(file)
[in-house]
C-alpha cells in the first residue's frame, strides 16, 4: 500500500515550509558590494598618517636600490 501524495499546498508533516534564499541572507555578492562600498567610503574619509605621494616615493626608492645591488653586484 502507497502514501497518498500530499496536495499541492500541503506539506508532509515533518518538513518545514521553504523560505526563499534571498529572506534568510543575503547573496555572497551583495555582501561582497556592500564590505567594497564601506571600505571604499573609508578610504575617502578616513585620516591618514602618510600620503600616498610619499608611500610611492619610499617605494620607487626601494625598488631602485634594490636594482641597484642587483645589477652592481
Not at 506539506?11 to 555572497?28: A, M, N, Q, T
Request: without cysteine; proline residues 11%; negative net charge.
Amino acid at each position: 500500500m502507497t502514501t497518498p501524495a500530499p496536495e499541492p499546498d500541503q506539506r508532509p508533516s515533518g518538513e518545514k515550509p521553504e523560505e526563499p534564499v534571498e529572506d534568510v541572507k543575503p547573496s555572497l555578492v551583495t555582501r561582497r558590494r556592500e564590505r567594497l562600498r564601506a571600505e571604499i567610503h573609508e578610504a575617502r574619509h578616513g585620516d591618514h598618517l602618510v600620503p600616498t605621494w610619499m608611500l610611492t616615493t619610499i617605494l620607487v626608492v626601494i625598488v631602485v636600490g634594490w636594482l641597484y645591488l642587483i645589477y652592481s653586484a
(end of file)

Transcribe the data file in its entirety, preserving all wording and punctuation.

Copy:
[in-house]
C-alpha cells in the first residue's frame, strides 16, 4: 500500500515550509558590494598618517636600490 501524495499546498508533516534564499541572507555578492562600498567610503574619509605621494616615493626608492645591488653586484 502507497502514501497518498500530499496536495499541492500541503506539506508532509515533518518538513518545514521553504523560505526563499534571498529572506534568510543575503547573496555572497551583495555582501561582497556592500564590505567594497564601506571600505571604499573609508578610504575617502578616513585620516591618514602618510600620503600616498610619499608611500610611492619610499617605494620607487626601494625598488631602485634594490636594482641597484642587483645589477652592481
Not at 506539506?11 to 555572497?28: A, M, N, Q, T
Request: without cysteine; proline residues 11%; negative net charge.
Amino acid at each position: 500500500m502507497t502514501t497518498p501524495a500530499p496536495e499541492p499546498d500541503q506539506r508532509p508533516s515533518g518538513e518545514k515550509p521553504e523560505e526563499p534564499v534571498e529572506d534568510v541572507k543575503p547573496s555572497l555578492v551583495t555582501r561582497r558590494r556592500e564590505r567594497l562600498r564601506a571600505e571604499i567610503h573609508e578610504a575617502r574619509h578616513g585620516d591618514h598618517l602618510v600620503p600616498t605621494w610619499m608611500l610611492t616615493t619610499i617605494l620607487v626608492v626601494i625598488v631602485v636600490g634594490w636594482l641597484y645591488l642587483i645589477y652592481s653586484a